ISSN: 2640-7760
International Journal of Pharmaceutical Sciences and Developmental Research
Short Communication       Open Access      Peer-Reviewed

Jaiphal Myristica fragrans (Houtt.)-A promising seed for pharmaceutical industries

Ankita Chakravarty, Jai Gopal Sharma*

Department of Biotechnology, Delhi Technological University, Delhi - 110042, India
*Corresponding author: Jai Gopal Sharma, Department of Biotechnology, Delhi Technological University, Delhi - 110042, India, E-mail: sharmajaigopal@gmail.com
Received: 07 February, 2020 | Accepted: 20 March, 2020 | Published: 21 March, 2020

Cite this as

Chakravarty A, Sharma JG (2020) Jaiphal Myristica fragrans (Houtt.)-A promising seed for pharmaceutical industries. Int J Pharm Sci Dev Res 6(1): 006-007. DOI: 10.17352/ijpsdr.000025

The evergreen dark - leaved aromatic dioecious Myristica fragrans Houtt. (1774) is a native tree of Indonesia and is also found in tropical countries like India (Kerala), Malaysia (Penang inland), Taiwan etc. It is popularly known as jaiphal and belongs to the family Myristicaceae. It has spreading branches and a yellow fleshy fruit. The fruits are sources of two valuable spices-nutmeg derived from the fruit and mace obtained from the seed cover. The spices are used in cooking to improve the taste and flavour of delicious dishes. Besides these have many pharmaceutical applications. There is mention of application of jaiphal in folk medicine for various purposes viz. anti-thrombotic, anti-tumor, anti-inflammatory etc. [1]. In Unani medicine, Jaiphal is used to manage male sexual disorders [2]. Nutmeg is a rich source of essential oil and nutmeg butter. It contains 25 - 30% fixed oils and 5 - 15% volatile oils. The presence of limonene, sabinene, camphrene, eugenol, myristic acid, myristicin, lignin etc. in nutmeg makes it useful in medicine [3].

Jaiphal has anti-diabetic, anti-carcinogenic, anti-depressant, anti-obesity, anti-diarrheal, hepatoprotective properties; it is used in enhancing memory skills. Jaiphal has also anti-inflammatory and anti-analgesic effects. Essential oil derived from both mace and nutmeg is used in the remedy of sprains, muscle pulls etc. The limonene is anti-carcinogenic, anti-oxidant; sabinene is anti-inflammatory and anti-microbial, quercitin is anti-inflammatory. Myristicin present in jaiphal has anti-oxidant property. Aril parts of jaiphal possess strong antioxidant activity as it has the capacity to inhibit lipid peroxidation and superoxide radical scavenging activity. Myristicin plays significant role in memory enhancing activity of jaiphal [4,5].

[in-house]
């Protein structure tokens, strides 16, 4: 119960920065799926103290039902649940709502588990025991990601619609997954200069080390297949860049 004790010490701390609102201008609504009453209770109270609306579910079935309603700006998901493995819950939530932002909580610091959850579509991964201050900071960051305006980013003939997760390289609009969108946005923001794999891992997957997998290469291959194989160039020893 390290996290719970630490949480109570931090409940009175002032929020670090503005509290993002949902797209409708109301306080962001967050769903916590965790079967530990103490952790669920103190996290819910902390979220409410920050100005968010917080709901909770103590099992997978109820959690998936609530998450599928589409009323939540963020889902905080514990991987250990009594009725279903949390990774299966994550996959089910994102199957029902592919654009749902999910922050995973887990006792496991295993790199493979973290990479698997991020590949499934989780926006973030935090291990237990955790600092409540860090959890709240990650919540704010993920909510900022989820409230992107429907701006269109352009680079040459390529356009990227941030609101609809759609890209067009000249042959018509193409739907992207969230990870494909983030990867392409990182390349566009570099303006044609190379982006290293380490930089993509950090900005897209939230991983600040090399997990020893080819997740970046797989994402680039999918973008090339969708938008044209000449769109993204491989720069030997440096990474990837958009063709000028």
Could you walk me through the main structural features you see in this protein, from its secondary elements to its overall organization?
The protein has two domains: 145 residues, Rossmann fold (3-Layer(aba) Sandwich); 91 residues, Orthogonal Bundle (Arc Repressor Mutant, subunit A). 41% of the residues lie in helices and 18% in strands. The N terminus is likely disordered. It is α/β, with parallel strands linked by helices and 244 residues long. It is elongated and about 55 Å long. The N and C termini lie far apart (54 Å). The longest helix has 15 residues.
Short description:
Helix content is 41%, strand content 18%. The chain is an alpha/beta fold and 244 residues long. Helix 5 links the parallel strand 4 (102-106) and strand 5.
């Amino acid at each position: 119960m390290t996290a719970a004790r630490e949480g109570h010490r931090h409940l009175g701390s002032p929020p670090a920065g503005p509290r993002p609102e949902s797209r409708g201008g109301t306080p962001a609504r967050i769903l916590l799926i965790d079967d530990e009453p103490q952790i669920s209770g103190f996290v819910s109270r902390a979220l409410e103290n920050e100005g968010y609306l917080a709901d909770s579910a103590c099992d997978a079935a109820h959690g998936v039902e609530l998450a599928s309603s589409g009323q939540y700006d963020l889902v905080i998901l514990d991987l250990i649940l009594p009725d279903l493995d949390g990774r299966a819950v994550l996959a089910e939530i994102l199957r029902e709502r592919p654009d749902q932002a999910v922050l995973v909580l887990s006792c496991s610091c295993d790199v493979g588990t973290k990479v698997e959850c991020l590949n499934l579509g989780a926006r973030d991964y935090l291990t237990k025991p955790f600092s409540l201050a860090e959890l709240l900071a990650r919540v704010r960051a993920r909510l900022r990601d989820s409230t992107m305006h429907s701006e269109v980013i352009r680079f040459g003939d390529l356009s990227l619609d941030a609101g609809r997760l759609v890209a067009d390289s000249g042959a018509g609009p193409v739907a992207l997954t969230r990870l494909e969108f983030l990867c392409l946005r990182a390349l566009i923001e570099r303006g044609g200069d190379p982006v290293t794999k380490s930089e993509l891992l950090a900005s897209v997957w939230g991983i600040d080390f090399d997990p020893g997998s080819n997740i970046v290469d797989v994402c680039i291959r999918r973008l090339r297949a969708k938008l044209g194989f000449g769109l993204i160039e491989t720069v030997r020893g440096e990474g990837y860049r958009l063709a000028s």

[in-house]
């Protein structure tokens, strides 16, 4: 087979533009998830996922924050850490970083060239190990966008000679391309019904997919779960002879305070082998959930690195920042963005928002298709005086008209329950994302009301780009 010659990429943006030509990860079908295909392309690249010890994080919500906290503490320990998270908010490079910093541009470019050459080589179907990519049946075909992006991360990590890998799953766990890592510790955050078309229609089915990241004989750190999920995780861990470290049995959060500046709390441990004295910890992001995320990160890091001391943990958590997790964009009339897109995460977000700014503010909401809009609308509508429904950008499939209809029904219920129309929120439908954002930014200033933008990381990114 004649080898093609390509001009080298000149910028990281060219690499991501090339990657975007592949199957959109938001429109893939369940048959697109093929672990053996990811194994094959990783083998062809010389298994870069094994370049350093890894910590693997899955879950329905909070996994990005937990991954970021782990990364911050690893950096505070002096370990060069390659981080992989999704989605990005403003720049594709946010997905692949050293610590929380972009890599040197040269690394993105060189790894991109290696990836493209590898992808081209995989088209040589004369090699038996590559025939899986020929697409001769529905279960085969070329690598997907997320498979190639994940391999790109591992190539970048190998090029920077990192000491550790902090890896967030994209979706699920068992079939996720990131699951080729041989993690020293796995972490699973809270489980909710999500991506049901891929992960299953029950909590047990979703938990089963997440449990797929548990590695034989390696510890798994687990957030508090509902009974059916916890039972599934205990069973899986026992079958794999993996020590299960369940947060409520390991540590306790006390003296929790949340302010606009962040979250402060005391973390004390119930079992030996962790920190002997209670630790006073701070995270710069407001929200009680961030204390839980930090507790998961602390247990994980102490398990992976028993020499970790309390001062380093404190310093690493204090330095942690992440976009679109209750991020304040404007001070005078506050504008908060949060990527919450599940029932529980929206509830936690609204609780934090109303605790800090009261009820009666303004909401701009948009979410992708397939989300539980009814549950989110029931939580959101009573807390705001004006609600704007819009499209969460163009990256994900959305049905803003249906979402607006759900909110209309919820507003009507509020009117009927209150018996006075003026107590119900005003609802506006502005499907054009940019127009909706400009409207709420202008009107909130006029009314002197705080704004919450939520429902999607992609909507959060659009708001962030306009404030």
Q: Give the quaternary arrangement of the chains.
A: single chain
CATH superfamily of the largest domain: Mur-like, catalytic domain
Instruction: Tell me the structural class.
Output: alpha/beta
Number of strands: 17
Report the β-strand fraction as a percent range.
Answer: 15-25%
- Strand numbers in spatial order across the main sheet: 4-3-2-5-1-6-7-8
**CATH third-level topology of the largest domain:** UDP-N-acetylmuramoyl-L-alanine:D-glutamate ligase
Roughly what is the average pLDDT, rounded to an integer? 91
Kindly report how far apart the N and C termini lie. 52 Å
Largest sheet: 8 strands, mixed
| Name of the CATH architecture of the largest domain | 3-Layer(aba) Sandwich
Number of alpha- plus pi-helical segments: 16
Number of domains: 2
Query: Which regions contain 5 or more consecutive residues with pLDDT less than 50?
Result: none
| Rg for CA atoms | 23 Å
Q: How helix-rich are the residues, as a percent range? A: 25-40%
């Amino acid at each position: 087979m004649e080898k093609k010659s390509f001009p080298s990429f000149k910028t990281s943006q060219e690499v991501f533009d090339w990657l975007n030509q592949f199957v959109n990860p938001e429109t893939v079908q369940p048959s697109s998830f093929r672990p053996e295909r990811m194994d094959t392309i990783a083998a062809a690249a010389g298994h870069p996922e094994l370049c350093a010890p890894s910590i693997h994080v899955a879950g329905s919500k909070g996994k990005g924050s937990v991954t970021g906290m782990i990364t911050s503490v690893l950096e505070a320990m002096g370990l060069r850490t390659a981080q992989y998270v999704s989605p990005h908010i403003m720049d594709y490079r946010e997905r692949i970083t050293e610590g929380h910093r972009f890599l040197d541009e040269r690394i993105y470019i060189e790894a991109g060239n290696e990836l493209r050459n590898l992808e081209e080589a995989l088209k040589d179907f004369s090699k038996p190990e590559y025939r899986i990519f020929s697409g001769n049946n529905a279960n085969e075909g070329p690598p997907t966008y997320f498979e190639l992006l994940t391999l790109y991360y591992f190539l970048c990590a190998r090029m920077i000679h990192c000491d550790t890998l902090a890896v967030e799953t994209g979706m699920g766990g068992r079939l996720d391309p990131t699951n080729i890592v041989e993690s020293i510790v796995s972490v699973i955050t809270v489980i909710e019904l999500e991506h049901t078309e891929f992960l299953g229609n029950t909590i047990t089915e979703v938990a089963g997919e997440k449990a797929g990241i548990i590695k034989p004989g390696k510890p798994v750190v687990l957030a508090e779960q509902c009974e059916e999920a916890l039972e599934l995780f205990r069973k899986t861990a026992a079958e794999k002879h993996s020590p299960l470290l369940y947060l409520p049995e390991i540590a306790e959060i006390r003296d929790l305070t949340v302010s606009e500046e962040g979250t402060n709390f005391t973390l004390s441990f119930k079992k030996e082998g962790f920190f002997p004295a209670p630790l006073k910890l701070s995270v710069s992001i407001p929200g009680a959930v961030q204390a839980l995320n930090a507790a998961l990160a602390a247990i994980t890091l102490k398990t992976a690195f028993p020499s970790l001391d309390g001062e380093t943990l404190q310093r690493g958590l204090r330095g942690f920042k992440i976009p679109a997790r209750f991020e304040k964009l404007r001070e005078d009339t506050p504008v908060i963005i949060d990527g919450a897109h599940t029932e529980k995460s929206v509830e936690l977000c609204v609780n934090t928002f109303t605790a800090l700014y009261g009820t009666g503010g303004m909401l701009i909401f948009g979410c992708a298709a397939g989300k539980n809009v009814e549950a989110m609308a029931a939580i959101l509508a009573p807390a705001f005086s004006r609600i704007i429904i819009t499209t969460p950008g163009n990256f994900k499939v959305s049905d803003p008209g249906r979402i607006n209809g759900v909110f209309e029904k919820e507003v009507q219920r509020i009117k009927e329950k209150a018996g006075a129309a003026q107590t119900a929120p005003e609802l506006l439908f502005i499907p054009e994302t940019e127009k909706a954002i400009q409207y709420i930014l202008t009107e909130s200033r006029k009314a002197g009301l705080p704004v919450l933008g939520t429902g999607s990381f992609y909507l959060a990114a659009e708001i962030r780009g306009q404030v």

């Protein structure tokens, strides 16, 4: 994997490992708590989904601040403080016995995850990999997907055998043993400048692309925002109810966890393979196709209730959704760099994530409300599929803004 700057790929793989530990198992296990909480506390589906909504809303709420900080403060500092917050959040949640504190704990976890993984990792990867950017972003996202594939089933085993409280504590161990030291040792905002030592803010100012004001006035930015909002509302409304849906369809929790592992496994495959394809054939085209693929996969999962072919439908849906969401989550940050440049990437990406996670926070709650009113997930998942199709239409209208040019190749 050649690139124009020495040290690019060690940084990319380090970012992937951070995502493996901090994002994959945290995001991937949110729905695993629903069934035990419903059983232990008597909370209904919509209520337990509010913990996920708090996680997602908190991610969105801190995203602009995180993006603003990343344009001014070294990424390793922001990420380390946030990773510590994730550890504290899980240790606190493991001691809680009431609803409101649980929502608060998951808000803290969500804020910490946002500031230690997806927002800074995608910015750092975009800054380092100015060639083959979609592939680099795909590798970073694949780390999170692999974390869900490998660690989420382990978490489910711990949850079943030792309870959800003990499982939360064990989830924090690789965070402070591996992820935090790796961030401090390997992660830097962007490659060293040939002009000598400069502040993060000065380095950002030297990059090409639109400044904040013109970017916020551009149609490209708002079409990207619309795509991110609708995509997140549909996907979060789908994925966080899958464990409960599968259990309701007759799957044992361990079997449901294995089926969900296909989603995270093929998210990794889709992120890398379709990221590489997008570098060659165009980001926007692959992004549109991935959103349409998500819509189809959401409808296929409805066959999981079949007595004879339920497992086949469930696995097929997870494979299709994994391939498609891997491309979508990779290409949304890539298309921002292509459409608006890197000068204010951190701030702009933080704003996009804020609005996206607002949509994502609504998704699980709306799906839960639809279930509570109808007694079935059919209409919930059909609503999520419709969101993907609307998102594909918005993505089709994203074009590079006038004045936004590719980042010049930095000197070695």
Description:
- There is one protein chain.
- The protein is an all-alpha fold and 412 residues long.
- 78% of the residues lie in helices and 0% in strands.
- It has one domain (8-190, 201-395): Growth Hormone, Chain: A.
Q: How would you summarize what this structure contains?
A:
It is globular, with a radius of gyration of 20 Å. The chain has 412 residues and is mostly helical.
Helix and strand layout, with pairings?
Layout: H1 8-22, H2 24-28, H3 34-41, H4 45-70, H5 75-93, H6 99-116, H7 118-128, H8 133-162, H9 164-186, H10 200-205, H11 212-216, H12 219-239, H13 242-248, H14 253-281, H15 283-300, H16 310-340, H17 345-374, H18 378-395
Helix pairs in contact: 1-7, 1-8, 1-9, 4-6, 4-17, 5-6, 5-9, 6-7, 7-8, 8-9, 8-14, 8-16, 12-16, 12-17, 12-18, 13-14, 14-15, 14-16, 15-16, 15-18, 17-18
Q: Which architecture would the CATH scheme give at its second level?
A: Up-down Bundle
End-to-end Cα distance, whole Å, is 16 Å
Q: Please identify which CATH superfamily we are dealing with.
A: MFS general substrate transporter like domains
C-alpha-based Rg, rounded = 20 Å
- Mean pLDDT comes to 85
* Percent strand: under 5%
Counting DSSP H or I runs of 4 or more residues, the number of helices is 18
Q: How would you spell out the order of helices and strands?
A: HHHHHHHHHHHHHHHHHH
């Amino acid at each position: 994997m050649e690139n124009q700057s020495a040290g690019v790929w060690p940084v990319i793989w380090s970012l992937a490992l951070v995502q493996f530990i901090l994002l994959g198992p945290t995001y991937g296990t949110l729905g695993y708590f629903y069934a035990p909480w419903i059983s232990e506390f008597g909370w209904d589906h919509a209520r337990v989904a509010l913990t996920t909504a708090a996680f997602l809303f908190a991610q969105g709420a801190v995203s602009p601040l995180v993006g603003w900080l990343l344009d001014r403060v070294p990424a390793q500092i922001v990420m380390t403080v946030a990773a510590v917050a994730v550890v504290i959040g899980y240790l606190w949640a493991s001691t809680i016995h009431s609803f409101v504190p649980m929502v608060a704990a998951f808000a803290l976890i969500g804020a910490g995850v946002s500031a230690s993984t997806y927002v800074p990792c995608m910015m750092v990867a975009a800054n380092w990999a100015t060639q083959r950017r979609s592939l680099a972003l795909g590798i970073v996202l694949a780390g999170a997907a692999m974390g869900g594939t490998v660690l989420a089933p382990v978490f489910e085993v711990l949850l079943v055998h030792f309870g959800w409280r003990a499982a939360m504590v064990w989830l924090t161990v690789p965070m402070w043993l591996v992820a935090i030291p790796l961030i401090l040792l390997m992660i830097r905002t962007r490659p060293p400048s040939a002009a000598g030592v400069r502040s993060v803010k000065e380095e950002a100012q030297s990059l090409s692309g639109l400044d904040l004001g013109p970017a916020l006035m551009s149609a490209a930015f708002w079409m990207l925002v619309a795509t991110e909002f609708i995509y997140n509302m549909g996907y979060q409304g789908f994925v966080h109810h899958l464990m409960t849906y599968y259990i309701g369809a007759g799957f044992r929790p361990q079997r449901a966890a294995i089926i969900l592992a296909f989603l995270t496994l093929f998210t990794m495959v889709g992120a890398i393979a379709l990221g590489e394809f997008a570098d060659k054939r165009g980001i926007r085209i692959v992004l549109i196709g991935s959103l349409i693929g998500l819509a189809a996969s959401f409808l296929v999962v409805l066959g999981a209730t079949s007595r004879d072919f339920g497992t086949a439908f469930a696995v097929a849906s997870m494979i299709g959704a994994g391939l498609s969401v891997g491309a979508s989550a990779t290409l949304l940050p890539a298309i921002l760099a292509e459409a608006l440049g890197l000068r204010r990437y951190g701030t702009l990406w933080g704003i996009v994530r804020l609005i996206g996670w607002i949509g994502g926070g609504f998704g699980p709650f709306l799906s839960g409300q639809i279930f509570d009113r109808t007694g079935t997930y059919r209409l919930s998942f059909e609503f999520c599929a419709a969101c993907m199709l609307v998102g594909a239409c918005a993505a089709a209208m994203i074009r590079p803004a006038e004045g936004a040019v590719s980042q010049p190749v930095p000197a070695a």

Jaiphal is effective to cure peptic ulcer as it reduces the total acidity of gastric secretions without any side effect [4]. Macelignan, the lignin obtained from nutmeg is the natural, active constituent of anti-diabetic property. It enhances the lipid per oxidation and insulin metabolism that reduces the stress generated by the Type 2 diabetes agent Peroxisome Proliferative Receptor (PARR). The application of essential oil of jaiphal is effective against in breast cancer, epidermal skin cancer and colon cancer cell lines. The ethanolic extract of jaiphal (70%) is useful against human cancer cell lines. The presence of minerals like, calcium, iron, magnesium, selenium, silver, gold etc. enhances the medicinal value of the jaiphal [6].

Jaiphal also has industrial applications [7]. It is a useful preservative as it has anti-microbial activity. It is very effective against various spoilage pathogens especially microbes responsible for food poisoning. It shows inhibition against both plant and animal pathogens. It has anti-fungal, anti-bacterial activities. The presence of various volatile components in essential oil and ethyl acetate in the flesh of jaipahl is effective against selected strains of gram positive and gram negative bacteria; it also inhibits the bacterial spores. Malbaricone present in jaiphal is responsible for the anti-microbial activity. Myristicin in combination with pyrethrum is the active constituent responsible for the insecticidal activity [8].

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© 2020 Chakravarty A, et al. This is an open-access article distributed under the terms of the Creative Commons Attribution License, which permits unrestricted use, distribution, and reproduction in any medium, provided the original author and source are credited.